oa African Entomology - A survey of ants (Hymenoptera: Formicidae) that forage in vineyards in the Western Cape Province, South Africa
|Article Title||A survey of ants (Hymenoptera: Formicidae) that forage in vineyards in the Western Cape Province, South Africa|
|© Publisher:||Entomological Society of South Africa (ESSA)|
|Affiliations||1 *Pest Management Division, ARC - Infruitec-Nietvoorbij, Stellenbosch **Invertebrate Conservation Research Centre, School of Botany and Zoology, Universtity of Natal, Scottsville, Pietermaritzburg|
|Publication Date||Jan 2000|
|Pages||251 - 260|
|Keyword(s)||Control, Dominance, Edge effects, Formicidae, Mealybug, Survey, Vineyards and Western Cape Province|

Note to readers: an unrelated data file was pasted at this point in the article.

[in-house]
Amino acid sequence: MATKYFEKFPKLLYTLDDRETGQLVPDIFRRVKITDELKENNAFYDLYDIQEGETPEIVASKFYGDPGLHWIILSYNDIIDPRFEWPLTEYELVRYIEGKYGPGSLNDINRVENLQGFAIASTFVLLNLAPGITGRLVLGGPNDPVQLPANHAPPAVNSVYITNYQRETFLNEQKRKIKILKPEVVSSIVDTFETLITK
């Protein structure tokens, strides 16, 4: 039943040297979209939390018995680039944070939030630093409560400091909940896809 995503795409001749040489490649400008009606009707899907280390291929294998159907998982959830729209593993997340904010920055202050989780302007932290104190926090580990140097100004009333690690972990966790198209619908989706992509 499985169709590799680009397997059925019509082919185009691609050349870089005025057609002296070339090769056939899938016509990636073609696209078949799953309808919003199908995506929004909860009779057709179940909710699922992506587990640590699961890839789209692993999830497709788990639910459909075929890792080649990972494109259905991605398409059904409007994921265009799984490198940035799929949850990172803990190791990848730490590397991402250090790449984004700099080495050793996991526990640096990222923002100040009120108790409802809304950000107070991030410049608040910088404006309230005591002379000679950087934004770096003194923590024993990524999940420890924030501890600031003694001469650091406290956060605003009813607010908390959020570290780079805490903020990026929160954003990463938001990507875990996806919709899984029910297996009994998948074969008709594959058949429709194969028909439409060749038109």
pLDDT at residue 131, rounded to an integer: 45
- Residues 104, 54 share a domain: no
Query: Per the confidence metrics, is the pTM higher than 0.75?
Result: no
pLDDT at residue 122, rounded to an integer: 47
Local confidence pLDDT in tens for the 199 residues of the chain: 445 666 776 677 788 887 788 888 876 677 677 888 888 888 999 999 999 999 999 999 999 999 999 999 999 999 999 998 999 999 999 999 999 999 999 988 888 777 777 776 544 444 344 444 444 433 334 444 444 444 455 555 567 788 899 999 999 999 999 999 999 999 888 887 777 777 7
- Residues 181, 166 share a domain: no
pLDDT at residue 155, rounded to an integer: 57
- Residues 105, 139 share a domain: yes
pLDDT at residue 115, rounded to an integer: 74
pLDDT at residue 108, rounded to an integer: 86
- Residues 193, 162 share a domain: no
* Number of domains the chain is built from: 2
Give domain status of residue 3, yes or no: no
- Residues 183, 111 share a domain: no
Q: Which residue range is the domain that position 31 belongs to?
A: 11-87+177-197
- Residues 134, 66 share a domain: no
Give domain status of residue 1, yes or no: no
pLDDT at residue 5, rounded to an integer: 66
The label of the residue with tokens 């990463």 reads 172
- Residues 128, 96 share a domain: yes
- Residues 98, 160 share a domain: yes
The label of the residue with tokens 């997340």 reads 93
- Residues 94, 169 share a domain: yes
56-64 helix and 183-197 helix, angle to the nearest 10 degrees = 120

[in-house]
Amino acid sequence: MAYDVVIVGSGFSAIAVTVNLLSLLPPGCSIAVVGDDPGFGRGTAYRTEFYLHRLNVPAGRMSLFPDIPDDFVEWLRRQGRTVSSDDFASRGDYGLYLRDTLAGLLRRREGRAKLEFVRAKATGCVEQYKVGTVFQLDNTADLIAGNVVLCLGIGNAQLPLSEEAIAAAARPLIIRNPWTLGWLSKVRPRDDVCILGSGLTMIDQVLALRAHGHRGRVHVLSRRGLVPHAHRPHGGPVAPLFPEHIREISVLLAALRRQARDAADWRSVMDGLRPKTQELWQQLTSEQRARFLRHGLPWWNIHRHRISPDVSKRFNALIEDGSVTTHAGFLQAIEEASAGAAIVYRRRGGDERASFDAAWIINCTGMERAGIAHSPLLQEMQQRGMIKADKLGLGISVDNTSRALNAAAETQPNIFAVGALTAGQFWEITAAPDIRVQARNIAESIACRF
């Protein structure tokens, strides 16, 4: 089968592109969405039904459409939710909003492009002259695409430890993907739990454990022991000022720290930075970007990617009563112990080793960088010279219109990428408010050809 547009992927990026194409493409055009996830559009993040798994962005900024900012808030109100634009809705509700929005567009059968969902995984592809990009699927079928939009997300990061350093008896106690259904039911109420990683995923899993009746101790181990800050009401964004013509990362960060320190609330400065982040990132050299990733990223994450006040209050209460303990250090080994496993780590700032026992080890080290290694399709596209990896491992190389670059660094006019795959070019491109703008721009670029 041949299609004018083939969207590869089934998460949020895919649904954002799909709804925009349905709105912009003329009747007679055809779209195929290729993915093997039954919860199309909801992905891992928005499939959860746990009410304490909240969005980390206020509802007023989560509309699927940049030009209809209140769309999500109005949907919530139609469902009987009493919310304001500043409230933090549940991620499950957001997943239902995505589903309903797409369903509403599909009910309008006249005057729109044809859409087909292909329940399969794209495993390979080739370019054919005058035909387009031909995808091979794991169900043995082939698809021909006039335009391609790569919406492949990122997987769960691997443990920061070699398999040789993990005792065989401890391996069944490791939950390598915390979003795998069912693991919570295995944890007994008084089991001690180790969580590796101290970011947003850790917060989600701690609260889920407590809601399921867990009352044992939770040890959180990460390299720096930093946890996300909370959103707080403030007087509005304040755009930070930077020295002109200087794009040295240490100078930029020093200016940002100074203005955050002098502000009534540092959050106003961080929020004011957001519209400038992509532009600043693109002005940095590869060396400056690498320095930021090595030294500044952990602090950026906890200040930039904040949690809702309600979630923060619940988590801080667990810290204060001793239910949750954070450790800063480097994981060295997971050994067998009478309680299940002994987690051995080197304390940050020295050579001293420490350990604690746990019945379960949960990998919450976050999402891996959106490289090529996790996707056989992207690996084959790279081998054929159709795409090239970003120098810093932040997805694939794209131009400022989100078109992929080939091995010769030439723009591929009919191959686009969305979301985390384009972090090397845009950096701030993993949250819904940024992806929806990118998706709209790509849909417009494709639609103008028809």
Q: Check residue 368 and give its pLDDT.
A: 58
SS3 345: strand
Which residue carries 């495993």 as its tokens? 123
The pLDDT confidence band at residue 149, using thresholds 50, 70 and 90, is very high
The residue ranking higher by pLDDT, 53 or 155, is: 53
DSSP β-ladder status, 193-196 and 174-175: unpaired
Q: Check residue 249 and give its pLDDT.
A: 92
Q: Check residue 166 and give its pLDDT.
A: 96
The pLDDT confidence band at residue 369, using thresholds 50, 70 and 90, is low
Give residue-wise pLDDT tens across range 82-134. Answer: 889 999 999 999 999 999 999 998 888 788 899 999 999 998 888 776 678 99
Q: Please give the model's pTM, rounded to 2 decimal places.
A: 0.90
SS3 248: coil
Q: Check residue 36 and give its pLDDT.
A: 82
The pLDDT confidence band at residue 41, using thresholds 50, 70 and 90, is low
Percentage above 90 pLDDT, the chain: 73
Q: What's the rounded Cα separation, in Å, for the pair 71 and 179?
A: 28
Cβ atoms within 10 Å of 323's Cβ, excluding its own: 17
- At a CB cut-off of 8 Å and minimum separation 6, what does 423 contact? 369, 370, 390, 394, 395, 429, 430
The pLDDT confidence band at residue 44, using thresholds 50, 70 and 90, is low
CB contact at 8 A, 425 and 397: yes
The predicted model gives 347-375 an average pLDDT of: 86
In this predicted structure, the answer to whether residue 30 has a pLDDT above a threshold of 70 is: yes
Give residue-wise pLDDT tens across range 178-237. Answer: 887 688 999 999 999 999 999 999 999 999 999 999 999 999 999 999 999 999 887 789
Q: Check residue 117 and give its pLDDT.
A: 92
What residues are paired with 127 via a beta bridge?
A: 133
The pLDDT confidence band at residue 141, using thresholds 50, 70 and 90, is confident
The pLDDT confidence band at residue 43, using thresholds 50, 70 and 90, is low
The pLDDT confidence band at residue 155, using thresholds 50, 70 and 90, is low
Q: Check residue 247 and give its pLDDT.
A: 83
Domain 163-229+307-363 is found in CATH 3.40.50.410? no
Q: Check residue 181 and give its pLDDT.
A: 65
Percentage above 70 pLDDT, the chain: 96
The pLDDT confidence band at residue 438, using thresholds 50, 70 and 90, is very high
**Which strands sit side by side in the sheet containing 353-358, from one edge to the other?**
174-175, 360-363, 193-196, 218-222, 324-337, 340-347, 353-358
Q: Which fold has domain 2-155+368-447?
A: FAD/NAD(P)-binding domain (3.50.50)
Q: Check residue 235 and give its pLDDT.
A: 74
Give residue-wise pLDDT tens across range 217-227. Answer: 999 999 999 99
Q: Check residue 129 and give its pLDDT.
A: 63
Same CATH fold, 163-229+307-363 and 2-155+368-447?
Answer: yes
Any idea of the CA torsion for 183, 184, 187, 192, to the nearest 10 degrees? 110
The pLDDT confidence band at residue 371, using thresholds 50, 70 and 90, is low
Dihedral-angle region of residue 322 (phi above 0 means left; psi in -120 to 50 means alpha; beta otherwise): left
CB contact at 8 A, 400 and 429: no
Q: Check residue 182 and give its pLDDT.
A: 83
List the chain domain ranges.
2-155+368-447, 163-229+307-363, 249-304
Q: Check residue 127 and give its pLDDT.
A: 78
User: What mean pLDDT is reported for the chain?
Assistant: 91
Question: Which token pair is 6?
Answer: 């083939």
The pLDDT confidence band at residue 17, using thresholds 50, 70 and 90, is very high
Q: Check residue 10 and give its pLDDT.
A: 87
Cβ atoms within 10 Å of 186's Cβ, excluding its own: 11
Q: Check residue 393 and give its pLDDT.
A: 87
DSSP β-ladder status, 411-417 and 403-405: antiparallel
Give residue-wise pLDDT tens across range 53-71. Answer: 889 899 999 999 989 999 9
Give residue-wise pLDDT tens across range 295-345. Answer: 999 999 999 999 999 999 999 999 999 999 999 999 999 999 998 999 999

This study was undertaken to establish which species of ants were associated with the mealybug Planococcus ficus (Signoret) (Hemiptera: Pseudococcidae), and which species were dominant in the main vine-growing areas of the Western Cape Province, South Africa. During 1998/99, 22 vineyards were surveyed in the StellenboschlPaarl, Little Karoo, Worcester, Swartland, Olifants River and Hex River Valley regions, using pitfall traps to sample epigaeic ants and tuna-bait traps to sample arboreal ants. Each vineyard was sampled intensively for two consecutive weeks shortly before harvest. Forty two species of ants were recorded during the survey. The most widely distributed ant species, which were potentially dominant and associated with mealybug outbreaks in vineyards in the Western Cape Province, were Anoplolepis custodiens (F. Smith), A. steingroeveri (Forel) and Linepithema humile (Mayrn). Crematogaster peringueyi Emery, Crematogaster sp. 2 and C. melanogaster Emery are three arboreal species potentially dominant in vines only. Dominance indices for Pheidole sp. 1 and Pheidole sp. 2 were low compared to the more aggressive Anoplolepis spp. and L. humile, indicating that the former two species were not economic significance. Edge effects occurred in five of the surveyed vineyards for three ant species. These edge effects indicate specific preferences of the ants for certain abiotic and microclimatic factors in vineyards, but could also be the result of interspecific competition.
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